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To offer an apology for republishing several
of the Pieces contained in these Volumes is
deemed unnecessary, as they have long since become equally scarce and desirable. The Editor's motives are not lucrative: his principal view being to fulfil the expectation of some valued friends, who are partial to the memory of his deceased father; and also of other learned and respectable men, by whom he has been induced to think they may afford a pleasing gratification. Some few additions will be found, both in the Remarks upon Spenser and Milton; and at the close of the Lufus Poetici. The second Volume consists partly of Extracts from Dr. JORTIN's Manuscripts ; partly of
other Extracts from his Miscellaneous Observations upon Authors: and by such of the Literati as have read those Observations, the new matter now introduced will perhaps be considered as a valuable supplement. His Remarks on Seneca have already been given in periodical publications, which are now rarely to be met with; and, together with those on llefiod, Ilomer, Virgil, Horace, Ovid, and Josephus, may furnish no mcan aslistance to any future Editor of their respective works,
The account of our Author's life, as drawn up by his friend Dr. Heathcote, and prefixed to the late edition of Dr. Jortiv’s Scrinons, might well indeed have precluded any other; and yet, in a publication of this miscellancous nature, it is presumed, that the following particulars may not be found unacceptable, as standing in connec, tion with the plan of his ingenio is Biographier.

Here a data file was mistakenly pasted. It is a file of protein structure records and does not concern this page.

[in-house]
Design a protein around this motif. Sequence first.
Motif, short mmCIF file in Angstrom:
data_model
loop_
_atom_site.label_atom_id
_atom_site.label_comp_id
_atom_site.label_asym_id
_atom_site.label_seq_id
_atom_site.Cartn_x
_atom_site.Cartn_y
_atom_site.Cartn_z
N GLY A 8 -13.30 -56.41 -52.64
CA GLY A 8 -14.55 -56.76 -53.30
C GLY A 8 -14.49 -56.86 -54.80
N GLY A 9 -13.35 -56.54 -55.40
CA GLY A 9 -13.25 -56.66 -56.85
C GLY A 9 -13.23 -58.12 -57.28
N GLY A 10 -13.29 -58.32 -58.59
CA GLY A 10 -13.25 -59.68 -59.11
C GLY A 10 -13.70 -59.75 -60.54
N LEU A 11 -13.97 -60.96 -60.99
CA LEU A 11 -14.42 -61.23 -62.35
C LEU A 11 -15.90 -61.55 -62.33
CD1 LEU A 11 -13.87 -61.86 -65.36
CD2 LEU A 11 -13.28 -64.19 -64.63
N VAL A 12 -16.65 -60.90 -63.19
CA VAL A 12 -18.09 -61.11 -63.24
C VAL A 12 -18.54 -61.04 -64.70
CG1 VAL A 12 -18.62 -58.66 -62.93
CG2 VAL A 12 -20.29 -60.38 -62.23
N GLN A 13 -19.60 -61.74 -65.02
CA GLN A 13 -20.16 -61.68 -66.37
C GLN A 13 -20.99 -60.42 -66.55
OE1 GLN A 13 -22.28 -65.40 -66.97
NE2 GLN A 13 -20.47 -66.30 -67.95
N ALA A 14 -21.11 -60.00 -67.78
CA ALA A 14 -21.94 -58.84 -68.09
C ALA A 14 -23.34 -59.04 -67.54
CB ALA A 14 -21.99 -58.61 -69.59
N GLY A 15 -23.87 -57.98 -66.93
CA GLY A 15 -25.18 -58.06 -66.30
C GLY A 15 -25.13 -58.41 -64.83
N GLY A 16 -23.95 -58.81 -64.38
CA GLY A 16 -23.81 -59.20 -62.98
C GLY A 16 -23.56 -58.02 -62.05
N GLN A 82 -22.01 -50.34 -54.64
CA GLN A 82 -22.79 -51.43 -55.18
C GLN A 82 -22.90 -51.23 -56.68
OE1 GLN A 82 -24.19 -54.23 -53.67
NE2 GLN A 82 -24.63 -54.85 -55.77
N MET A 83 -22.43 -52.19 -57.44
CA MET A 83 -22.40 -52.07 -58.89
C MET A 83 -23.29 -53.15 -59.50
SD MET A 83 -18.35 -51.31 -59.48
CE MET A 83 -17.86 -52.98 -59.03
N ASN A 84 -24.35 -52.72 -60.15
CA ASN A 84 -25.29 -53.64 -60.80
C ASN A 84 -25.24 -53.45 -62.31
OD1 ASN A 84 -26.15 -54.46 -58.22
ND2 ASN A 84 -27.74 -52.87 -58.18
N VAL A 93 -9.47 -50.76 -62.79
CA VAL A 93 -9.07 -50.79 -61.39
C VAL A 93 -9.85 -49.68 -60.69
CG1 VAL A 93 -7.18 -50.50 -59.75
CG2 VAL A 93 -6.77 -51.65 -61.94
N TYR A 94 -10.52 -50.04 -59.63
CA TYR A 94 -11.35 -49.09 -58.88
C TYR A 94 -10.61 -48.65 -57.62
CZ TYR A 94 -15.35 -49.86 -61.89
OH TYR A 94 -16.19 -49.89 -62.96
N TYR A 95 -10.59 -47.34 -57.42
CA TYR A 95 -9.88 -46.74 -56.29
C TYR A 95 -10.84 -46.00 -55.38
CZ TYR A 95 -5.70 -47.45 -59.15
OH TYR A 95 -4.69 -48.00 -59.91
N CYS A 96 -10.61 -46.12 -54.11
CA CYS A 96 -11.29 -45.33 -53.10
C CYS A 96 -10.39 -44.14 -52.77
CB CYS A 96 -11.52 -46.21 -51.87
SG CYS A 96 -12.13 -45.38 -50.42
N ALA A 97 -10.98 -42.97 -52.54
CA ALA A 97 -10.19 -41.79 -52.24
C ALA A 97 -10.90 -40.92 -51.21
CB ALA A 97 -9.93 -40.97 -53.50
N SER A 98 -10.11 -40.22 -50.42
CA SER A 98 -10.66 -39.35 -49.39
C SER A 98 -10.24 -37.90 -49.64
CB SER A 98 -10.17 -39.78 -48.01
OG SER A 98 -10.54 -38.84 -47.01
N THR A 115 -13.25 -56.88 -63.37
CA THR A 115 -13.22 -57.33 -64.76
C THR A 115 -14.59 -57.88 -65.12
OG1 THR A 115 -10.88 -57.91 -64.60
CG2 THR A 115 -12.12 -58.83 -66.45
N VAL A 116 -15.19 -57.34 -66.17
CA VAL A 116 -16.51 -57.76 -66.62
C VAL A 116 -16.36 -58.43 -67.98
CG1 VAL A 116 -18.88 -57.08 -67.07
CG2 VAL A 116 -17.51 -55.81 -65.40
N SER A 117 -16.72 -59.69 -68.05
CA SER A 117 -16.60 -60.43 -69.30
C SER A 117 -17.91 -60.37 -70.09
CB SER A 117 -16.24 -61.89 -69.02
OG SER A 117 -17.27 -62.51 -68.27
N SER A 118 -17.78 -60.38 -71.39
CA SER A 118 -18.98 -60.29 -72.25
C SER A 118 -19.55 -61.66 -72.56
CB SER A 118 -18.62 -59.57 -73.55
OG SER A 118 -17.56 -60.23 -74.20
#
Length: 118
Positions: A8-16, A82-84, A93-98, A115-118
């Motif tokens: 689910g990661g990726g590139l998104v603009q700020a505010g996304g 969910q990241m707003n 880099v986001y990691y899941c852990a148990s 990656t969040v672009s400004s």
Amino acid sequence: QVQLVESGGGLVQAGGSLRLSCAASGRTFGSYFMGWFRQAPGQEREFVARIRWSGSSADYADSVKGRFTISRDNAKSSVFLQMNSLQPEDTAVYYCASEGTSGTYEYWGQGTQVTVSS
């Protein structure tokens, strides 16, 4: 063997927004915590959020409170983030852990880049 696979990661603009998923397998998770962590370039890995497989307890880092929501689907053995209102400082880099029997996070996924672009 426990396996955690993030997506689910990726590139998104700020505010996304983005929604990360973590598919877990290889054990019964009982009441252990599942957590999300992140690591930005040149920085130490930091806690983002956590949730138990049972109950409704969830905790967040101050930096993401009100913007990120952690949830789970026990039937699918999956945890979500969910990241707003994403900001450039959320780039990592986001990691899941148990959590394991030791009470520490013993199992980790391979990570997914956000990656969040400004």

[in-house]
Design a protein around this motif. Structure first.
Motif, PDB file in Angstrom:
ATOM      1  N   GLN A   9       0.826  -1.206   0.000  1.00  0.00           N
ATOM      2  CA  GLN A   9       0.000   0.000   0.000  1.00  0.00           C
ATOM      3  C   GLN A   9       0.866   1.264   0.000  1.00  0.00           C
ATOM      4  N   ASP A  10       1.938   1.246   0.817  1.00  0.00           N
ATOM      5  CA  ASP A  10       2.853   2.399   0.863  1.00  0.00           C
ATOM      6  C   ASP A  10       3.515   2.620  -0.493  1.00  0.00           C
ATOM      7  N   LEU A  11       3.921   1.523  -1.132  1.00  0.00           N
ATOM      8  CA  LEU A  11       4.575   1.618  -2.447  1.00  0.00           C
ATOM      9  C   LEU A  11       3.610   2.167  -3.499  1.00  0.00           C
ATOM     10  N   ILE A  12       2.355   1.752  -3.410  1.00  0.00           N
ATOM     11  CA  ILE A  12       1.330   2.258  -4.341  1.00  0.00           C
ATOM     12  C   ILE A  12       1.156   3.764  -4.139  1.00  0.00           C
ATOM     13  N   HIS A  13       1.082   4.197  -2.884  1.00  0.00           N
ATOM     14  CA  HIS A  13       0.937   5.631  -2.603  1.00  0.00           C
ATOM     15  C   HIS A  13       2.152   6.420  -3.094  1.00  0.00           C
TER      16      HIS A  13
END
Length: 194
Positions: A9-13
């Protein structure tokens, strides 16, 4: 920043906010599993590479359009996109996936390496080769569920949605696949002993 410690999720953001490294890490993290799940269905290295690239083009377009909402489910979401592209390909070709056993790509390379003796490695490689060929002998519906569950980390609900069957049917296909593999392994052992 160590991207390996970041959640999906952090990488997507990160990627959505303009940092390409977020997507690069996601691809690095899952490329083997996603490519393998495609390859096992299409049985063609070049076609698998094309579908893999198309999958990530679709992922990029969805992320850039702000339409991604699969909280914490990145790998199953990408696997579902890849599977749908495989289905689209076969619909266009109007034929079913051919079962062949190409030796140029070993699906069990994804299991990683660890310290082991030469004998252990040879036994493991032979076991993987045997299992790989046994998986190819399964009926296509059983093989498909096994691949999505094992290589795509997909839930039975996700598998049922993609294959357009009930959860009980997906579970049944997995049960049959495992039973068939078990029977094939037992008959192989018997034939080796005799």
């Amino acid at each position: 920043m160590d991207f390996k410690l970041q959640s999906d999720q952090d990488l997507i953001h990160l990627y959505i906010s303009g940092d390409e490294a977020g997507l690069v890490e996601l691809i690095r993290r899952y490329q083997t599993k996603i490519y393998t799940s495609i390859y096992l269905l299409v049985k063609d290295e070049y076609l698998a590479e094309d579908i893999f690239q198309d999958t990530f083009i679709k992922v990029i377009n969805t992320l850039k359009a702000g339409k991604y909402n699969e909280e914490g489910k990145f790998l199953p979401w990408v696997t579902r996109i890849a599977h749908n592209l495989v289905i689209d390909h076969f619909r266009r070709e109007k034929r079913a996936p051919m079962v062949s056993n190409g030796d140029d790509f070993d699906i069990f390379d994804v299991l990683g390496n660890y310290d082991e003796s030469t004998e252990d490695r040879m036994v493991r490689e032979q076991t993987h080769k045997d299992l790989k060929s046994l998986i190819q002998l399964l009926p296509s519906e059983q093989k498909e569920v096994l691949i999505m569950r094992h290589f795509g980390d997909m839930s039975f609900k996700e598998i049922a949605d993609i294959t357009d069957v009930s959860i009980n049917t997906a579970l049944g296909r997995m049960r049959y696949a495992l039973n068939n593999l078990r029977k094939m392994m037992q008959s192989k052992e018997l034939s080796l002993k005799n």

" My father, Renatus, says Dr. Jortin, was born in Bretagne in France, and studied at Saumur.
I have his Testimonial from that Academy, dated A. 1682. He came over, a young man, to England, with his father, mother, uncle, two aunts and two fifters, at the time when the Protestants fled from France about A. 1687. He was made one of the gentlemen of the Privy Chamber, in the third year of King William, A. 1691, by the name of Renatus Fortin. I have his Patent. After this, and before I was born, he took a fancy to change his name into JORDAIN, and to give it an English' appearance ; being fond I suppose of paffing for an Englishman, as he spoke English perfectly, and without any foreign accent. This gave me some trouble afterwards, when I went into Deacon's orders under Bishop Kennet, for the register of St. Giles in the Fields wrote my name, as it stood there, Jordain. I gave the bishop an account how it came to pass. After my
father's death, iny mother thought it proper to assume the true name of Jortin ; and she and I always wrote it so. My father was secretary to Lord Orford, to Sir George Rook, and to Sir Cloudesly Shovel; and was cast away with the latter, October 22, 1707
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